The Turner Classic Movies (TCM) network will be launching their “Out of This World: A Celebration of Sci-Fi Movies” programming this July with a series of 34 classic science fiction movies, including the original Star Wars, Star Trek II: The Wrath of Khan, Close Encounter of the Third Kind, and more.
Airing every Tuesday this month starting at 8pm EST, TCM will air scifi favorites such as 1951’s The Day the Earth Stood Still, 1958’s The Fly, 1968’s 2001: A Space Odyssey, along with several moon-related features to coincide with the 50th anniversary of Neil Armstrong and Buzz Aldrin’s historic Moon landing.
Neil Armstrong, who will forever be etched in the world’s memory as the first person ever to set foot on the Moon, died today after complications arose from cardiovascular procedures, according to CBS News. He was 82. This is, for sure, a dark day in American history.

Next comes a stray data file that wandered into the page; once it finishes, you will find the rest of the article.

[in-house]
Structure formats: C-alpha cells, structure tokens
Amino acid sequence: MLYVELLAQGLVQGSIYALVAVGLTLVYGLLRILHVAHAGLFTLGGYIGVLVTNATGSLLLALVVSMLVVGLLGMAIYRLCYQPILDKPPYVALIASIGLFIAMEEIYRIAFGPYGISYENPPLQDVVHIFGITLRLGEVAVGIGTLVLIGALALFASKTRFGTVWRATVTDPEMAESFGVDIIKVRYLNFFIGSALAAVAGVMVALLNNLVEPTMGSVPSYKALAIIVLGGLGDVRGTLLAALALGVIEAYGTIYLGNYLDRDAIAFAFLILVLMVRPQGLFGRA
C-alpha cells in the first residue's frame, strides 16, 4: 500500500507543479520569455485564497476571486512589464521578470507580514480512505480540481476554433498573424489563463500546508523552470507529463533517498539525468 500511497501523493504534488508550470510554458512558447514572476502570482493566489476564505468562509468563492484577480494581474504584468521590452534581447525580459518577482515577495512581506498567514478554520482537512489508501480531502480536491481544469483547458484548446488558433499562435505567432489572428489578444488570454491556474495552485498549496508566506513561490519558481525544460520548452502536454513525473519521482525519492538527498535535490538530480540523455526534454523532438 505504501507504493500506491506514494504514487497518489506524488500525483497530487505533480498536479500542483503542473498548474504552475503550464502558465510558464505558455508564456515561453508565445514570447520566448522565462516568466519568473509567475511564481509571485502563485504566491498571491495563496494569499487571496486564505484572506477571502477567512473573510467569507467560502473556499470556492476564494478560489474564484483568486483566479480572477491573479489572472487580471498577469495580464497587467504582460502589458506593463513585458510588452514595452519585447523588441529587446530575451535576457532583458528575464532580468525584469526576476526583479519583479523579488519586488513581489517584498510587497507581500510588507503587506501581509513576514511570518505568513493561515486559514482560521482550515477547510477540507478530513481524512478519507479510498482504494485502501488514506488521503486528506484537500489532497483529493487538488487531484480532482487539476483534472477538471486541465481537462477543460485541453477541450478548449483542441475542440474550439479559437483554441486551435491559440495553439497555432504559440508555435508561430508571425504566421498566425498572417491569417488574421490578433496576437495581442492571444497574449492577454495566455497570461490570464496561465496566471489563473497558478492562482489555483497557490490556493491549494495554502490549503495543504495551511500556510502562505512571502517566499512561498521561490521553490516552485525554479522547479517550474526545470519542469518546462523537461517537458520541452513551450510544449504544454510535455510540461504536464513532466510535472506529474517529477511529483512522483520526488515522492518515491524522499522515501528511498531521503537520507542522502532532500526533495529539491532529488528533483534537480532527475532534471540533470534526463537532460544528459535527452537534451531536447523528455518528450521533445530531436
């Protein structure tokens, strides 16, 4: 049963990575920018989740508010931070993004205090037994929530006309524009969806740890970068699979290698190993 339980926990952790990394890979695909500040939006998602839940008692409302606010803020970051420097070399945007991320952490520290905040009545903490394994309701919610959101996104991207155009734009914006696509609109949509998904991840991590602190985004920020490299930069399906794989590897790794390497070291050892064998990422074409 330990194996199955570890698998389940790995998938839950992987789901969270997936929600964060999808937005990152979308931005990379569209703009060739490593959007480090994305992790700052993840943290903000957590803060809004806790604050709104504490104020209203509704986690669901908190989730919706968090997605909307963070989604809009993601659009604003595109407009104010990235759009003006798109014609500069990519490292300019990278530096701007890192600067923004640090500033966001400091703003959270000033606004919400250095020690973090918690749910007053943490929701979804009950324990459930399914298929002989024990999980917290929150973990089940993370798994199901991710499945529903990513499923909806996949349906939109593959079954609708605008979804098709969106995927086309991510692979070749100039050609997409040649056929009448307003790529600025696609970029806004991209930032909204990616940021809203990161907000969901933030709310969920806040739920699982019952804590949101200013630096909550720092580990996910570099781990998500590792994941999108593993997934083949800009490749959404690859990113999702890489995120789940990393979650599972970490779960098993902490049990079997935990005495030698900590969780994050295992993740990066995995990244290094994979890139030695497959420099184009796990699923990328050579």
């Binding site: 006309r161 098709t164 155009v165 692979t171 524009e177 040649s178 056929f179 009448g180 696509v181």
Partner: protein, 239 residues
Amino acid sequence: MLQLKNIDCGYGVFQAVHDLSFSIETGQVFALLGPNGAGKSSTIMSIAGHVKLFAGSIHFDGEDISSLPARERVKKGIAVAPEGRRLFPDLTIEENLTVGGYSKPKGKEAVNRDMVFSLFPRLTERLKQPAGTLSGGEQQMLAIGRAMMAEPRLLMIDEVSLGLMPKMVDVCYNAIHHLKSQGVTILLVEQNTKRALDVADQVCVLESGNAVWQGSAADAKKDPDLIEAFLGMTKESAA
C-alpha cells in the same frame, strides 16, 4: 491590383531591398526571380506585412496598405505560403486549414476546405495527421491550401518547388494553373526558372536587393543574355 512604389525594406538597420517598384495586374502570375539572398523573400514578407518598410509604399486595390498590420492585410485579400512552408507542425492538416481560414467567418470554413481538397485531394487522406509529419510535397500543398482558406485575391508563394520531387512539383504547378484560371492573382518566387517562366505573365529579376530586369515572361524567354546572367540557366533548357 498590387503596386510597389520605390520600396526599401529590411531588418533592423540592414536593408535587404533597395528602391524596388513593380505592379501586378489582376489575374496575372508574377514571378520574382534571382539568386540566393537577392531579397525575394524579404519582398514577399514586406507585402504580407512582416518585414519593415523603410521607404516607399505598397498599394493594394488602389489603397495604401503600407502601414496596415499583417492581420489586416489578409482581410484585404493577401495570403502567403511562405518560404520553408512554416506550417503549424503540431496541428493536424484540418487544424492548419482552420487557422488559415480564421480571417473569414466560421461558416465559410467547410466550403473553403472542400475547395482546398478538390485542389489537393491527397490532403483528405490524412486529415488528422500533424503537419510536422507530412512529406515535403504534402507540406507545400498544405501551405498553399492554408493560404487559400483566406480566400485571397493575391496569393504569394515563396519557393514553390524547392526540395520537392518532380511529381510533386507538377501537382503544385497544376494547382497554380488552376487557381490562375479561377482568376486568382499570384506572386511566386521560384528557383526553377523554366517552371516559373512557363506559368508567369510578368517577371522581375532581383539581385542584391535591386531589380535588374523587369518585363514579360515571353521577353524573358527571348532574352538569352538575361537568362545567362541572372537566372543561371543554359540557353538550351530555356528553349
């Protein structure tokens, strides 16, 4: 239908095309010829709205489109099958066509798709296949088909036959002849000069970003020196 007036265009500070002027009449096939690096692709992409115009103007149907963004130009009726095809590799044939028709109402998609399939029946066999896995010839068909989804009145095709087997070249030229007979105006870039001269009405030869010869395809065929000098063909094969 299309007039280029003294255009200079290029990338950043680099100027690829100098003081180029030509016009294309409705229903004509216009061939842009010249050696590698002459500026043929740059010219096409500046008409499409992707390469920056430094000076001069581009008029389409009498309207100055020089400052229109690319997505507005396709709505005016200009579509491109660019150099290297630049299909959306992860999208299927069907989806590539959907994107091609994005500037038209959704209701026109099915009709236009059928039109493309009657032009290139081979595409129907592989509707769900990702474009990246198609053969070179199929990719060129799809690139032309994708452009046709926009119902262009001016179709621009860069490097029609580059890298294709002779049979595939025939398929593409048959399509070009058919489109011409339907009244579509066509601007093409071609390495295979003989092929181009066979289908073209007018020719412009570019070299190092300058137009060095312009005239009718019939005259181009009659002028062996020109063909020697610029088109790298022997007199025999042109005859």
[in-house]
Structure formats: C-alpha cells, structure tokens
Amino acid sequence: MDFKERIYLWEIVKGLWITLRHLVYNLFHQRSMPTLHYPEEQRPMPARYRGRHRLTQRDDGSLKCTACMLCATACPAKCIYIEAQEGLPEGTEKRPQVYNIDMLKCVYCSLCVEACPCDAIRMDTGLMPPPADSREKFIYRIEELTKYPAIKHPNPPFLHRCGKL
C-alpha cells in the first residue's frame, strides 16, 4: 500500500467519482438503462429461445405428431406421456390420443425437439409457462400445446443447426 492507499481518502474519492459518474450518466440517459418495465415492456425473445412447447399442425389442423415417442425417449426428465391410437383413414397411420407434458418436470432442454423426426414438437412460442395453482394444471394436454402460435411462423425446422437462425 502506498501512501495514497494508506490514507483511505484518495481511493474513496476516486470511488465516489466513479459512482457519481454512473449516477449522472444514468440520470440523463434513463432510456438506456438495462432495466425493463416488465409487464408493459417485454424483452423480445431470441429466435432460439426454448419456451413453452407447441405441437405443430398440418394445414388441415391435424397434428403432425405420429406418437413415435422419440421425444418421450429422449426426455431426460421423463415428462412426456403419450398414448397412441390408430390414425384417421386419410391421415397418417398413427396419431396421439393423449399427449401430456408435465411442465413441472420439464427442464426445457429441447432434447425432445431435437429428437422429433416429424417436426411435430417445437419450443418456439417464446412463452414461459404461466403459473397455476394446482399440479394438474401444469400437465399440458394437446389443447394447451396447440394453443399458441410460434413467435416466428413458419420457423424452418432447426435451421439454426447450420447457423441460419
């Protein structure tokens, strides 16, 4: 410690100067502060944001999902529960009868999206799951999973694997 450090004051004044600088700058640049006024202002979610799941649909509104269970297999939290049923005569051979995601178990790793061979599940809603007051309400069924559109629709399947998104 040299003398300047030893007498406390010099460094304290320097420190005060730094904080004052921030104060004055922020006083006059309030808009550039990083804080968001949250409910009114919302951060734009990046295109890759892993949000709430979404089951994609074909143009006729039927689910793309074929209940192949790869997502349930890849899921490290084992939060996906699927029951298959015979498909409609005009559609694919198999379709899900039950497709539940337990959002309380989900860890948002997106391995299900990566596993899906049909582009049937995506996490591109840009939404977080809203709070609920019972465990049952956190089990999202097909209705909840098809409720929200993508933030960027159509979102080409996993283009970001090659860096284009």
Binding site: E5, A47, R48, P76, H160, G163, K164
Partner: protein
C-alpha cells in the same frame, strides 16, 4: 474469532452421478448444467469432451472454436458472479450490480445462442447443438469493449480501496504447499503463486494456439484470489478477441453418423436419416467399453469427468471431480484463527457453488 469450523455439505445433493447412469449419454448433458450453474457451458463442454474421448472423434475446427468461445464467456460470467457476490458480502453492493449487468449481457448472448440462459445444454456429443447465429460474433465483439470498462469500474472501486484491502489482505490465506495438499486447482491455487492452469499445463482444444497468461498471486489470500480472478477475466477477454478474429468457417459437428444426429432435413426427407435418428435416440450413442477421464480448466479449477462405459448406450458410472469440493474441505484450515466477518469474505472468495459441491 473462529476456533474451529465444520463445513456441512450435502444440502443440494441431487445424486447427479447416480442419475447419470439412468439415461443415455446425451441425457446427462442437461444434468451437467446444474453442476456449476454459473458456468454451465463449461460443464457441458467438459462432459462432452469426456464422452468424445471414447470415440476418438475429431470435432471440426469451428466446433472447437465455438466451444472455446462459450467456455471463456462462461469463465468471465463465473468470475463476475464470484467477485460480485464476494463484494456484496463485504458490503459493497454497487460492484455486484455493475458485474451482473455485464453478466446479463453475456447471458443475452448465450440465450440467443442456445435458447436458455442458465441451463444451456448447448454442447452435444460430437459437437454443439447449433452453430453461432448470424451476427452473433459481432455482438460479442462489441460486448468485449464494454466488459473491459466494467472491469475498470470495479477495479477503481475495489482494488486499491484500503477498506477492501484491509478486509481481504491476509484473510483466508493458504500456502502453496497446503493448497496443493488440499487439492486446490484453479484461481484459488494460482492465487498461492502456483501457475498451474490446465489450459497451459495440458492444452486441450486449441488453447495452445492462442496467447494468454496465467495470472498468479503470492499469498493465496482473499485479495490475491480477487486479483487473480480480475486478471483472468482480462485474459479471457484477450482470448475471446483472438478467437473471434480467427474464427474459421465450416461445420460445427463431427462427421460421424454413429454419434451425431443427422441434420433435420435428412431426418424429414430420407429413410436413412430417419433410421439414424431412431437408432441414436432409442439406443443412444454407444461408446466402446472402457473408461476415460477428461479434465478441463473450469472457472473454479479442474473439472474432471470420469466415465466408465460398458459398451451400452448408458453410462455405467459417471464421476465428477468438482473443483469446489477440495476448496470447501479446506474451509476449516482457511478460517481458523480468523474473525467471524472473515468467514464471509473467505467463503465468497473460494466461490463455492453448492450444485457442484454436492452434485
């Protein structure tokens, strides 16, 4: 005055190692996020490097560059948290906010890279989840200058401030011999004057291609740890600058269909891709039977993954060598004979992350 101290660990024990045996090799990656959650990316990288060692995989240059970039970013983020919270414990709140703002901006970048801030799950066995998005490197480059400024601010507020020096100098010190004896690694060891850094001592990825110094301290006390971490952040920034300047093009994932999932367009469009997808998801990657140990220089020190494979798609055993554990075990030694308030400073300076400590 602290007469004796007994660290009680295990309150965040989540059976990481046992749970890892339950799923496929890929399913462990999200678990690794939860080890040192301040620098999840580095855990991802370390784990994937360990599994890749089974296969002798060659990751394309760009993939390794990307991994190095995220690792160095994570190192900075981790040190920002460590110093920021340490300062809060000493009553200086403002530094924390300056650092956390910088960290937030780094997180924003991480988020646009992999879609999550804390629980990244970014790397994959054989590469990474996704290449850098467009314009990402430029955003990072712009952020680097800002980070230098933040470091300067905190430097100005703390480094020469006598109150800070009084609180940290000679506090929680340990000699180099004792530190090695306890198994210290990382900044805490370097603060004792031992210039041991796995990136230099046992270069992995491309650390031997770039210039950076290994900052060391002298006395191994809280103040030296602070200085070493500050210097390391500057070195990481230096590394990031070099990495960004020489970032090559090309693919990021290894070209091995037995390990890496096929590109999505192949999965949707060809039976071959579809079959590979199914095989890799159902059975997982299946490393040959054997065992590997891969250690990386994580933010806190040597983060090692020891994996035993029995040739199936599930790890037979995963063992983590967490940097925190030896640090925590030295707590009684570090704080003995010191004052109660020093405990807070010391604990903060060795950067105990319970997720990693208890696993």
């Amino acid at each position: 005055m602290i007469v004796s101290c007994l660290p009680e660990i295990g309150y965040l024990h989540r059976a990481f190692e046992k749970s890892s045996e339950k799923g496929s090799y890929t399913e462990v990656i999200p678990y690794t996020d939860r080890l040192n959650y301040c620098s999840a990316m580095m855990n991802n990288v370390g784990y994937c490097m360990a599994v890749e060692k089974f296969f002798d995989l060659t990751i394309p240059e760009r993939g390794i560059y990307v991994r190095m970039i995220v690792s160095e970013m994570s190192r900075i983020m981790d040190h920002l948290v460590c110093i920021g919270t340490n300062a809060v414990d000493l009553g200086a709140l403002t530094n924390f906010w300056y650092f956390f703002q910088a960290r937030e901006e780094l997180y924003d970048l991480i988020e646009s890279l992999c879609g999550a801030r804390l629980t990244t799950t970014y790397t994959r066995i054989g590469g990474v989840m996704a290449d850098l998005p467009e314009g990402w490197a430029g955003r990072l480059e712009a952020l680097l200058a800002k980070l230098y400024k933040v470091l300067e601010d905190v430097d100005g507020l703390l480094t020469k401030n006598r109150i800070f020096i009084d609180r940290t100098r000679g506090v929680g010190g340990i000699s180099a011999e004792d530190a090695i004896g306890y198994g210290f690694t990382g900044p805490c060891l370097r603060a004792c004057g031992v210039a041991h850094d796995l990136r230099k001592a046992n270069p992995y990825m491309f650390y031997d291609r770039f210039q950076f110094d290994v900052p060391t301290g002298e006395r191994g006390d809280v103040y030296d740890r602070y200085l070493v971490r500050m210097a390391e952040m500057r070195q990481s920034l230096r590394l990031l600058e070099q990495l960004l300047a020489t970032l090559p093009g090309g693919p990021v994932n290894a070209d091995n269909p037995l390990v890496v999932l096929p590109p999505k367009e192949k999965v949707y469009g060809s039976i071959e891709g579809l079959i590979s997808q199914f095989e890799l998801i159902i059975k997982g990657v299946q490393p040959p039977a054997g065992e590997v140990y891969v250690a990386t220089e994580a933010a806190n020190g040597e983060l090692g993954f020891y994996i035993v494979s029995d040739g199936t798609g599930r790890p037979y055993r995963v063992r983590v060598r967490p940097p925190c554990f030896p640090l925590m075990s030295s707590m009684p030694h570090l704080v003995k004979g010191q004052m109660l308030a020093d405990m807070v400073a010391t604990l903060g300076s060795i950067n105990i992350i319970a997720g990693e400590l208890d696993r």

Armstrong represented a class of astronaut that every boy of my generation and subsequent ones aspired to be like at one point, a true hero among so many paper ones. While the comic and sci-fi/fantasy genres have their heroes and influences and outright wondrous figures by way of mythical, heroic, and positive, Neil Armstrong, in his true, reality human flesh and blood of a man, TRULY represented those aforementioned attributes. The feat he achieved by landing on the Moon with his crew of the Apollo 11 back on July 20, 1969, had stood and will stand ever more so now in his passing as one of the most breathtaking and inspiring images of all time, certainly the television footage remains arguably the greatest iconic image in the history of broadcasting. Millions upon millions of people stood frozen at television sets and large screens put up all over the world when the event happened, an all too rare time of a communion of people put together for a POSITIVE cause. Armstrong, at the helm of it all, was the perfect choice of astronaut at the time, with his rugged good looks, calm, strong demeanor, and every boy’s hero kind of swagger.